During early June of 2013, infamous whistle blower Edward Snowden exposed the U.S. National Security Agency’s (NSA) extensive surveillance program on not just suspicious persons, but everyday Americans.
Reportedly more than two hundred million text messages were accrued by the NSA and used to investigate the location and financial information of millions of Americans. The Patriot Act provisions, which allowed the NSA to conduct mass data collections, expired on the June of last year, however the question still remains: is it acceptable for the government to have access to our smartphones; and the data that comes with them.
Just recently on February 17, the FBI requested that tech company Apple “unlock” the iPhone of San Bernardino shooter Syed Rizwan Farook. Farook killed 14 people and injured 22 with his wife, Tasheen Malik, in December 2015. Both attackers pledged allegiance to the terrorist group ISIS. Tim Cook, CEO of Apple, responded to the request saying to do so would be “an overreach by the U.S. government.” This however, is an overstatement. The order did not request for the overall break in of the encryption, but rather the disabling of a feature on the phone that wipes the data after ten failed attempts to unlock the phone. In addition, this order would be targeted specifically for the devices of the attackers.
By unlocking the shooter’s cell phone, the FBI would be able to gain vital information for possible future targets and locations, in addition to contacts whom they were communicating with. Many students believe that the government should be granted this limited access. “Your cellphone is your property. If the government wants to look into your phone, they are going to need a reason. If it is suspected that the phone contains something that endangers the population, then the government has the right to step in and take a look at it,” said Sam Essenfeld (’19). By denying the Obama Administration access to the perpetrators’ phones, Apple is threatening national security and the overall protection of American citizens. “Although it can be viewed as a violation of our privacy, giving the government access to our phones can provide them important information to keep our nation safer,” said Shana Virtudes (’17). As citizens we should do our part in providing national safety, even if doing so requires sacrificing some part of our privacy.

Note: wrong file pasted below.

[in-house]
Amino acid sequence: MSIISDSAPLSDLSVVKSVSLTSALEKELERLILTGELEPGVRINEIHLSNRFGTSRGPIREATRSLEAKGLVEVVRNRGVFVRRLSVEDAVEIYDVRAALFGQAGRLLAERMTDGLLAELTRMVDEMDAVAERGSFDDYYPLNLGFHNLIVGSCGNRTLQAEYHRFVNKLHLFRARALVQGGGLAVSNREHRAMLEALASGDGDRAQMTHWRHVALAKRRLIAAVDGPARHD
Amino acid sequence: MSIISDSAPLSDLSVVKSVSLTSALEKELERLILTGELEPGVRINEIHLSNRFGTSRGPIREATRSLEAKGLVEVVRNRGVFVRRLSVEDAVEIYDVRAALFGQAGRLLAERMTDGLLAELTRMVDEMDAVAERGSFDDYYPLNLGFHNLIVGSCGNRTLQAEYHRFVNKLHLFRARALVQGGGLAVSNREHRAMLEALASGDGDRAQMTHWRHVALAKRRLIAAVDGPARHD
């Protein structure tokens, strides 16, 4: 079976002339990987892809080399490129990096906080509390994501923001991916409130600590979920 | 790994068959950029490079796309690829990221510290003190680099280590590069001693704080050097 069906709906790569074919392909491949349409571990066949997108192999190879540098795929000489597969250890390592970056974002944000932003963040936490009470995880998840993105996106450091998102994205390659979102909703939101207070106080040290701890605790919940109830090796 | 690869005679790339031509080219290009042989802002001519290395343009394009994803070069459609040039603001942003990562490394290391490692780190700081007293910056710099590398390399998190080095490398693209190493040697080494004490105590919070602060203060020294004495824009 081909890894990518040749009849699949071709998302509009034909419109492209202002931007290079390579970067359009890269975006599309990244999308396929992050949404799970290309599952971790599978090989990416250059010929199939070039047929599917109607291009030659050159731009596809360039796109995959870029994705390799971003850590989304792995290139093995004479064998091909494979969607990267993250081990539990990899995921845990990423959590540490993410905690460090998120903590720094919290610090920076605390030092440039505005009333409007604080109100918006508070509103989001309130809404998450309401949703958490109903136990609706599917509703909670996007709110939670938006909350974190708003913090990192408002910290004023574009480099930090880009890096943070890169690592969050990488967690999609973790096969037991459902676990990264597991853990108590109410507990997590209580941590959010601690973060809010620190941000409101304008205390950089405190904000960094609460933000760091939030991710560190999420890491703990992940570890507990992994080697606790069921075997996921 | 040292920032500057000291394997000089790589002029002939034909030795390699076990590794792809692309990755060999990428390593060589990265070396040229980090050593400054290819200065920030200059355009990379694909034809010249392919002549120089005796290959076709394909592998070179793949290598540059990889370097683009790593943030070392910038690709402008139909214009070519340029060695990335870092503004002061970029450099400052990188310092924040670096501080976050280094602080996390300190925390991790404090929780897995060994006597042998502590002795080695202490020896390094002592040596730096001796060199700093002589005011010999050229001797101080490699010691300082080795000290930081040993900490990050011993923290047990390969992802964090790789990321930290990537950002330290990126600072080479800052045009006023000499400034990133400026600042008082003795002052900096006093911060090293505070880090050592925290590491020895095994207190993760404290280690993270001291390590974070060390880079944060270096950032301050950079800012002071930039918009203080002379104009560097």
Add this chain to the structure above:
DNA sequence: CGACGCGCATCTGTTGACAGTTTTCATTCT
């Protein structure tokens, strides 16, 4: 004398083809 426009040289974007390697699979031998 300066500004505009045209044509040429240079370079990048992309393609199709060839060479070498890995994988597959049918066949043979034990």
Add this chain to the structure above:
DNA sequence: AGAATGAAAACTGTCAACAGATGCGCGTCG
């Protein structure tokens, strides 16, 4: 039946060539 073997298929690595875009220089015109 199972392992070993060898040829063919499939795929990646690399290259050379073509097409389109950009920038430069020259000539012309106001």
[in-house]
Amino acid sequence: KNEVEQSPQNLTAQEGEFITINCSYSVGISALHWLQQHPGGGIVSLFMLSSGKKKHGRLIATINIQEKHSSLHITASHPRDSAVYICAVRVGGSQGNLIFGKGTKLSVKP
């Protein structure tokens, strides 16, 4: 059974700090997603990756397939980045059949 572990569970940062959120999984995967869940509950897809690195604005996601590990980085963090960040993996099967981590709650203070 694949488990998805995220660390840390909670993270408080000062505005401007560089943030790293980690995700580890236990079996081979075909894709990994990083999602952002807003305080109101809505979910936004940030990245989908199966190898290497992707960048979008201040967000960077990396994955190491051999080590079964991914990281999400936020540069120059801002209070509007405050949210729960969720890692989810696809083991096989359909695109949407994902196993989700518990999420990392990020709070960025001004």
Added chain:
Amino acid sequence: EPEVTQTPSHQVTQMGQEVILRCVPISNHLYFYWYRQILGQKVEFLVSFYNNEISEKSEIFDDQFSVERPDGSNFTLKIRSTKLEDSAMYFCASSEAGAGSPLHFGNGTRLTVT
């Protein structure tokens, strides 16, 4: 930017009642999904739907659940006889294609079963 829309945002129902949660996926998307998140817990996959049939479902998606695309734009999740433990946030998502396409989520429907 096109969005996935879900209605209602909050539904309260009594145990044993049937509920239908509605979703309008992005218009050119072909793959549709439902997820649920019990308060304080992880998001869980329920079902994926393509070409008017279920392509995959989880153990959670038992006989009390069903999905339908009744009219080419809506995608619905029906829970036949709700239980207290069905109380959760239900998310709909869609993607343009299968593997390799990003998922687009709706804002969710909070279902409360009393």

In addition, if most citizens have nothing to hide, then to deny the government into public records of their cell phones would be purely selfish, an action taken without public safety in mind. “I have nothing to hide from the government, so there is no reason for me to be scared of them gathering any of my information,” said Robin Lopez (’17).
The fight for tougher decryption measures is still underway as numerous government officials are voice their opinion. Regardless of whether the government can access our smartphones, some things remain true. ISIS, among other terrorist groups, is an increasing threat to American safety.
As a society, we need to accept the idea of the government looking into our cell phones and data with concern for the overall security of the nation in mind.